Hook, line, not sinking
Aquaculture seafood prices decreased due to a higher Australian dollar over most of the period, increased competition in Australia from cheap imported seafood, increased competition in the world market from other aquaculture producers and in some cases, increases in the production of seafood.
IBISWorld estimates that in 2009-10 industry revenue will decrease by 1.3% year-on-year. The industry will be negatively affected by a decrease in demand from export markets and domestically due to a slowdown in world and Australian economic growth, which will dampen prices. The industry should benefit though from a sharp depreciation in the Australian dollar, which will act to boost returns in Australian dollars.
IBISWorld forecasts that in the five years to 2014-15, revenue from aquaculture production will increase at an average annual rate of 2.2% to $1.01 billion. Growth in the industry is expected to come largely from increases in production, but also through some price increases. Domestic and international demand prospects for aquaculture products are favourable.
The global demand for seafood is expected to rise at a rate of about 2% per year over the next five years, based on studies undertaken by the UN Food and Agriculture Organisation (FAO) and International Food Policy Research Institute (IFPRI).
The scope for expanding fisheries' production from natural resources is declining due to depletion, creating a significant opportunity for aquaculture to meet demand. Studies by the FAO and IFPRI forecast marginal real per annum growth in fish prices, depending on the species, over the coming five to 10 years. Species that are expected to grow strongly are Tasmanian salmon, yellowtail kingfish, barramundi and southern bluefin tuna. Other fish whose production is expected to grow are mulloway and cobia.
Domestic and international demand prospects for aquaculture products are favourable in the long-term. The global demand for seafood is expected to rise over the next five years according to the UN Food and Agriculture Organisation (FAO) and International Food Policy Research Institute (IFPRI), due to population growth and economic development, mainly in developing countries. Within developed countries, there has also been a change in tastes in favour of protein derived from low fat sources, including fish.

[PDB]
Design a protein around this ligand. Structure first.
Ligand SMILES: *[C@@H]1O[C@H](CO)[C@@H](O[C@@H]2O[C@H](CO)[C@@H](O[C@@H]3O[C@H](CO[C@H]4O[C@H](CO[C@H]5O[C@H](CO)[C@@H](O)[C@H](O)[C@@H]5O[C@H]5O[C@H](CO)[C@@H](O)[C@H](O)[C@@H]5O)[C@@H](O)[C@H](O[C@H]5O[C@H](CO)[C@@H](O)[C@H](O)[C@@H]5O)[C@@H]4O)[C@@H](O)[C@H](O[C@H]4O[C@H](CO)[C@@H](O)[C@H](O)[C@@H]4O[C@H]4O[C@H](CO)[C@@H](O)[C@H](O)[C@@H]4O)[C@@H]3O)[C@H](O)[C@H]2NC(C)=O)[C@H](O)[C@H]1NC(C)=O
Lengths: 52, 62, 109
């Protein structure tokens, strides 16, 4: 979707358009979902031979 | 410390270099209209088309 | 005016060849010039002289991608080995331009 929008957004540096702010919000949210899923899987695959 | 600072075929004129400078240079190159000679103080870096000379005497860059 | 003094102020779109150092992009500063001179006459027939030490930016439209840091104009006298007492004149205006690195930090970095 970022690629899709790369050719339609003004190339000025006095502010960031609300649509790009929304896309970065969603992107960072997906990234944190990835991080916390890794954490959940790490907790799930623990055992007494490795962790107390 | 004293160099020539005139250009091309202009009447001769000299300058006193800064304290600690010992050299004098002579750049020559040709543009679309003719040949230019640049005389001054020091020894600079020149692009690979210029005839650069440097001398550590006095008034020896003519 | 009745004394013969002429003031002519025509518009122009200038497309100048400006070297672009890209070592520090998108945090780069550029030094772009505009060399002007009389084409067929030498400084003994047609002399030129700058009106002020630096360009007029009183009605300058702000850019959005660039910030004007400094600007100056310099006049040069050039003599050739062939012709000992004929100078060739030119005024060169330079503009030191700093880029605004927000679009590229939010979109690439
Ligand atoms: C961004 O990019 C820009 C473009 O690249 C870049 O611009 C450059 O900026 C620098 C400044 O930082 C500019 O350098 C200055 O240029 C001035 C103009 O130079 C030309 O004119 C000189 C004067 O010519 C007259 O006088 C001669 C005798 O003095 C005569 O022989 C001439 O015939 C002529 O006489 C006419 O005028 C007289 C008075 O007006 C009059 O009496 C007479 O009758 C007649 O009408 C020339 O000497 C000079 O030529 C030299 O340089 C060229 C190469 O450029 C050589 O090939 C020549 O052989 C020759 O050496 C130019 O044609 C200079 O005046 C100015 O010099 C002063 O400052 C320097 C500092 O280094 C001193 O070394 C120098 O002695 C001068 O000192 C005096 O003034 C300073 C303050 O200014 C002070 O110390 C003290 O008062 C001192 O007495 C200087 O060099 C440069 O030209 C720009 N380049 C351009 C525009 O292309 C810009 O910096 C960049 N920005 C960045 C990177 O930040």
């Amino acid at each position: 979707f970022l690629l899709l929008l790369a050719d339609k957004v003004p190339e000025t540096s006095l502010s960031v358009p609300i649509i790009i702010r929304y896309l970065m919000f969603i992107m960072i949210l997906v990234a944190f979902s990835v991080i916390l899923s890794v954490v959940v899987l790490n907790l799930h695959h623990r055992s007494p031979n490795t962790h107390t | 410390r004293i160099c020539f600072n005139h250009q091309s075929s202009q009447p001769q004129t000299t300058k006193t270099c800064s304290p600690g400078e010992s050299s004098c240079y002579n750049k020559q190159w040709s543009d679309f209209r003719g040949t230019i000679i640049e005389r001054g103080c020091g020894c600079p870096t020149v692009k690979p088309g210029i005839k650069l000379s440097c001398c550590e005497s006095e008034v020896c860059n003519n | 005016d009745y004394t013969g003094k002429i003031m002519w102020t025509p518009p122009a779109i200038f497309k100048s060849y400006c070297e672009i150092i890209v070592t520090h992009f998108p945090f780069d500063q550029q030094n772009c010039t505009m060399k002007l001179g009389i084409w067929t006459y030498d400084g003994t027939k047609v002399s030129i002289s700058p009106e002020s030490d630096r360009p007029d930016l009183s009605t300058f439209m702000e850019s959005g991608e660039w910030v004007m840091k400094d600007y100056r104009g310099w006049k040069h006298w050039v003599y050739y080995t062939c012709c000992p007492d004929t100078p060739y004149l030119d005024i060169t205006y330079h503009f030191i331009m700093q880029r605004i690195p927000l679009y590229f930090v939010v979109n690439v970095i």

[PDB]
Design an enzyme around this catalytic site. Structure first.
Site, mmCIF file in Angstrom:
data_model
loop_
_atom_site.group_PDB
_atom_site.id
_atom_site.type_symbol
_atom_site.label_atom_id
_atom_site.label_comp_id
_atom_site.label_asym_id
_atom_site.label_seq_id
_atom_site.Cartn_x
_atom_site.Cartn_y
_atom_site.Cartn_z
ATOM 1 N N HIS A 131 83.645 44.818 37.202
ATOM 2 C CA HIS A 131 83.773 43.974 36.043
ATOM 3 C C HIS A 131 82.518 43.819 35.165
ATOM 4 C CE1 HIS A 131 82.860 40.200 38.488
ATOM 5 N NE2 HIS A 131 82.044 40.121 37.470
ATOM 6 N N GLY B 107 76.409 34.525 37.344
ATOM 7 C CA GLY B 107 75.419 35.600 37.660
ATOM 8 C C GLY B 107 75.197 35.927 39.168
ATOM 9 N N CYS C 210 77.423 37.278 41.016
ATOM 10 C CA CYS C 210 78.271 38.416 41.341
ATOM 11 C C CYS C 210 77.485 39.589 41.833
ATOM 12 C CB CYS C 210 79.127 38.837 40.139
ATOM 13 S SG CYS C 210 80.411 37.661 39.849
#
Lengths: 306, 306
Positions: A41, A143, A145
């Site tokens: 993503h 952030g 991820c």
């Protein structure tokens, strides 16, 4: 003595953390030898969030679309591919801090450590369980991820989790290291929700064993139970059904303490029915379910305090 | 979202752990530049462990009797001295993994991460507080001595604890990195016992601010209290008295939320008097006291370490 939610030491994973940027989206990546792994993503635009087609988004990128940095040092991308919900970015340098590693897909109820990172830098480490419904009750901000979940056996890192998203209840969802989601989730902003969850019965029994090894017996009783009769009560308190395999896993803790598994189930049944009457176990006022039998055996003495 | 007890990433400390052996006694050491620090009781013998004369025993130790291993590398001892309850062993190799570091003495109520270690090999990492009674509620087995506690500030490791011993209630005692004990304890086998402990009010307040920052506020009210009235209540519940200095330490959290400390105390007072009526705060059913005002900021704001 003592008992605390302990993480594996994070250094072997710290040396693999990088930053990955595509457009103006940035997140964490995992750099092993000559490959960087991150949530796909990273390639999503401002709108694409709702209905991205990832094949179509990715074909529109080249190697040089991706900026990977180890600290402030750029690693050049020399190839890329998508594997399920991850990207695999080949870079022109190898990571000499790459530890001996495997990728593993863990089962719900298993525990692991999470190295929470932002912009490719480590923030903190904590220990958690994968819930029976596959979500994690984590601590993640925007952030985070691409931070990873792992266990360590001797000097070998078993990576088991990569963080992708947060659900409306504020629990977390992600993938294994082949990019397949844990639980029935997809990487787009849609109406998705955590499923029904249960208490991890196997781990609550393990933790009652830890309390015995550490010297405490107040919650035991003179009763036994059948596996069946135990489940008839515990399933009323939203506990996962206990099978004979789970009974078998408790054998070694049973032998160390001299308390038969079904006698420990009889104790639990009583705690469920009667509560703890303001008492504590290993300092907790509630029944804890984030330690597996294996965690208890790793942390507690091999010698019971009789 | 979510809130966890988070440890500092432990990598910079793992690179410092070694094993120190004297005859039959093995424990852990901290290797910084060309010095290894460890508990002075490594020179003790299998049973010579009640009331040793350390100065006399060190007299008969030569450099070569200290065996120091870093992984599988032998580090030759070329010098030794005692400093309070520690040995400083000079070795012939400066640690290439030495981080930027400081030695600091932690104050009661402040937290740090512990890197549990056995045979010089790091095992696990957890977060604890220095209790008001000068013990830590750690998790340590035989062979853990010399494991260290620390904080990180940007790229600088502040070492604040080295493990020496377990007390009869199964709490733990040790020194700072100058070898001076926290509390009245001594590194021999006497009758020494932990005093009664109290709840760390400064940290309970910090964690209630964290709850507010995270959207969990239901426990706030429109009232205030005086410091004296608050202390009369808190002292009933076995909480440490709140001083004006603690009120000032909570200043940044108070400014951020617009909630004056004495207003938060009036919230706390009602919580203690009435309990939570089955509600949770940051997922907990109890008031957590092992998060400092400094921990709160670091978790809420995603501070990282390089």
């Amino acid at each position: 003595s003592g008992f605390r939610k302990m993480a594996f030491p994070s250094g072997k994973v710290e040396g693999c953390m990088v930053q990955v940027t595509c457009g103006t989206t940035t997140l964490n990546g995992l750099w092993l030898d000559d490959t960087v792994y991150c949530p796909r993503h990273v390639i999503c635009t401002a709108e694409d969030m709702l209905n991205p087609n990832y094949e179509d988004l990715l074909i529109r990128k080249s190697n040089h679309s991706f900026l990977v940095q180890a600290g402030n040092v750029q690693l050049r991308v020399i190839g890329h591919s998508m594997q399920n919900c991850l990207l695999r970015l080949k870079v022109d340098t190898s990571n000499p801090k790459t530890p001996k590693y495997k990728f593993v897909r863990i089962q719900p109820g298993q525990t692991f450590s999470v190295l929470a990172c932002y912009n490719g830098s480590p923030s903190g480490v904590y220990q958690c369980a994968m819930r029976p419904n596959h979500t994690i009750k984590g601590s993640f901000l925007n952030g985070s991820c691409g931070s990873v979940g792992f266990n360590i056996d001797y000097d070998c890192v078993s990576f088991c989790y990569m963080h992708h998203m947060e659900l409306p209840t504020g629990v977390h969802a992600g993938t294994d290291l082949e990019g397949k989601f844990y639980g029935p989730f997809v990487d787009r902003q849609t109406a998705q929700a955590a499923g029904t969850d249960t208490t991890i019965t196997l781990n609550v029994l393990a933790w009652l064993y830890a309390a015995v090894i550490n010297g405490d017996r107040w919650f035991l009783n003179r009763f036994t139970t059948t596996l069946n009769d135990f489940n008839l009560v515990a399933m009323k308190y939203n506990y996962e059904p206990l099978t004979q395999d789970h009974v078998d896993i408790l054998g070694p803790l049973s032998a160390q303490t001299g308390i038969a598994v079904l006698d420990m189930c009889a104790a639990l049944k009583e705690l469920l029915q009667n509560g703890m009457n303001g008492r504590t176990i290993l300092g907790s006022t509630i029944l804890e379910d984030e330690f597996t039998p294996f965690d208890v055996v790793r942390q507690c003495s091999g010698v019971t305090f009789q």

IBISWorld forecasts the industry will return to growth in 2010-11 but at a marginal 0.4% as the global economy stabilises but remains constrained. Notably, economic growth in developed countries including the United States, Japan and Europe will remain poor in 2010 with stronger growth returning in 2011. The scope for expanding fisheries' production from natural resources however, is declining due to depletion. This excess demand is a significant growth opportunity for aquaculture.
Key success factors:
- Access to the necessary amount of land/type of property: A suitable site with appropriate water conditions is crucial to growing fish and seafood. Site requirements vary depending on the type of production and legislative requirements.
- Ability to control total supply on market: Ability to control the volume of production coming on to the market and have the foresight to take aquaculture expansion into account and its effect on production volumes and prices is beneficial.
- Access to the latest available and most efficient technology and techniques: Access to production technology and an ability to adapt these to local conditions will improve output efficiency and industry know-how.
- Economies of scale: Economies of scale and integration of the production with value adding activities will enable the producer to spread its costs over a wider range of production. This will ultimately lead to higher returns.
- Ability to effectively manage risk: Environmental and financial risk is very real for an aquaculture producer. It ranges from disease to pollution to falling prices.
- Must have licence: State governments allocate licences to those operators who have proven systems for rearing fish in farms.
- Use of production techniques that add value to base product(s): The higher the quality of the fish, the higher its value when sold downstream.
Barriers to entry
Securing the necessary licences, quota and permits for cultivation is the main barrier to entry into pearling, oyster and Atlantic salmon production. Since licensing varies markedly between states, regions and enterprise types, it can present a significant barrier to entry for someone hoping to invest in a new production facility.
Robert Bryant is the general manager of business information firm IBISWorld.